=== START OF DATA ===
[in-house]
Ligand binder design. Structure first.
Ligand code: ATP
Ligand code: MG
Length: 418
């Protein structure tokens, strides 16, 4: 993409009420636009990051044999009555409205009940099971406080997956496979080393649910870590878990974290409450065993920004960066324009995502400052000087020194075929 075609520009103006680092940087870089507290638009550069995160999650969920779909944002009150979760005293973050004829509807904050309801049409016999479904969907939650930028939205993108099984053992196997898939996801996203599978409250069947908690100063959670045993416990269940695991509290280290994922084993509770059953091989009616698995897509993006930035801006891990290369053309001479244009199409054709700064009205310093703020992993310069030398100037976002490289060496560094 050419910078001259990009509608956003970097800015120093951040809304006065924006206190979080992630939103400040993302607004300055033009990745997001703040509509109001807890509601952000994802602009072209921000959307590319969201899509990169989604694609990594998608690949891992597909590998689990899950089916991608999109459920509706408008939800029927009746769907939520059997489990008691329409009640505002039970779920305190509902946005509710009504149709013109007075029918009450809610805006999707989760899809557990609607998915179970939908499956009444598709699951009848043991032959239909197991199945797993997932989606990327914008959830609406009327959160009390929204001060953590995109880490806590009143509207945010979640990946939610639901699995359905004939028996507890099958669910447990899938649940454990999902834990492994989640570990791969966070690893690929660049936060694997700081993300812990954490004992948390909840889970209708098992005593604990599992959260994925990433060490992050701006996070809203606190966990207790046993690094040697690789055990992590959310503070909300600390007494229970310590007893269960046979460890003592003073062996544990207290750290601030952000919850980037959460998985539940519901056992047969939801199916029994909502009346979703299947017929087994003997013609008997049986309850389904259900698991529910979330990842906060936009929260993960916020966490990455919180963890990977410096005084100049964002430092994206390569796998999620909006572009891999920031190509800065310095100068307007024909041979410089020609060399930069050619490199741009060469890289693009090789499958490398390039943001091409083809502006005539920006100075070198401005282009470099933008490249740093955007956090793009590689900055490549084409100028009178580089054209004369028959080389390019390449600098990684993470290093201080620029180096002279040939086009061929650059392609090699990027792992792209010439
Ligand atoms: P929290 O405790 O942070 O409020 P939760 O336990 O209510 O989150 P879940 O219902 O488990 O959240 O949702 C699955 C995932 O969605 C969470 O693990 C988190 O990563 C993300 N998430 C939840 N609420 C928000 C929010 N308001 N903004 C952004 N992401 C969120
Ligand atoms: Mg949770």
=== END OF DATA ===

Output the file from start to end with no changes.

[in-house]
Ligand binder design. Structure first.
Ligand code: ATP
Ligand code: MG
Length: 418
């Protein structure tokens, strides 16, 4: 993409009420636009990051044999009555409205009940099971406080997956496979080393649910870590878990974290409450065993920004960066324009995502400052000087020194075929 075609520009103006680092940087870089507290638009550069995160999650969920779909944002009150979760005293973050004829509807904050309801049409016999479904969907939650930028939205993108099984053992196997898939996801996203599978409250069947908690100063959670045993416990269940695991509290280290994922084993509770059953091989009616698995897509993006930035801006891990290369053309001479244009199409054709700064009205310093703020992993310069030398100037976002490289060496560094 050419910078001259990009509608956003970097800015120093951040809304006065924006206190979080992630939103400040993302607004300055033009990745997001703040509509109001807890509601952000994802602009072209921000959307590319969201899509990169989604694609990594998608690949891992597909590998689990899950089916991608999109459920509706408008939800029927009746769907939520059997489990008691329409009640505002039970779920305190509902946005509710009504149709013109007075029918009450809610805006999707989760899809557990609607998915179970939908499956009444598709699951009848043991032959239909197991199945797993997932989606990327914008959830609406009327959160009390929204001060953590995109880490806590009143509207945010979640990946939610639901699995359905004939028996507890099958669910447990899938649940454990999902834990492994989640570990791969966070690893690929660049936060694997700081993300812990954490004992948390909840889970209708098992005593604990599992959260994925990433060490992050701006996070809203606190966990207790046993690094040697690789055990992590959310503070909300600390007494229970310590007893269960046979460890003592003073062996544990207290750290601030952000919850980037959460998985539940519901056992047969939801199916029994909502009346979703299947017929087994003997013609008997049986309850389904259900698991529910979330990842906060936009929260993960916020966490990455919180963890990977410096005084100049964002430092994206390569796998999620909006572009891999920031190509800065310095100068307007024909041979410089020609060399930069050619490199741009060469890289693009090789499958490398390039943001091409083809502006005539920006100075070198401005282009470099933008490249740093955007956090793009590689900055490549084409100028009178580089054209004369028959080389390019390449600098990684993470290093201080620029180096002279040939086009061929650059392609090699990027792992792209010439
Ligand atoms: P929290 O405790 O942070 O409020 P939760 O336990 O209510 O989150 P879940 O219902 O488990 O959240 O949702 C699955 C995932 O969605 C969470 O693990 C988190 O990563 C993300 N998430 C939840 N609420 C928000 C929010 N308001 N903004 C952004 N992401 C969120
Ligand atoms: Mg949770």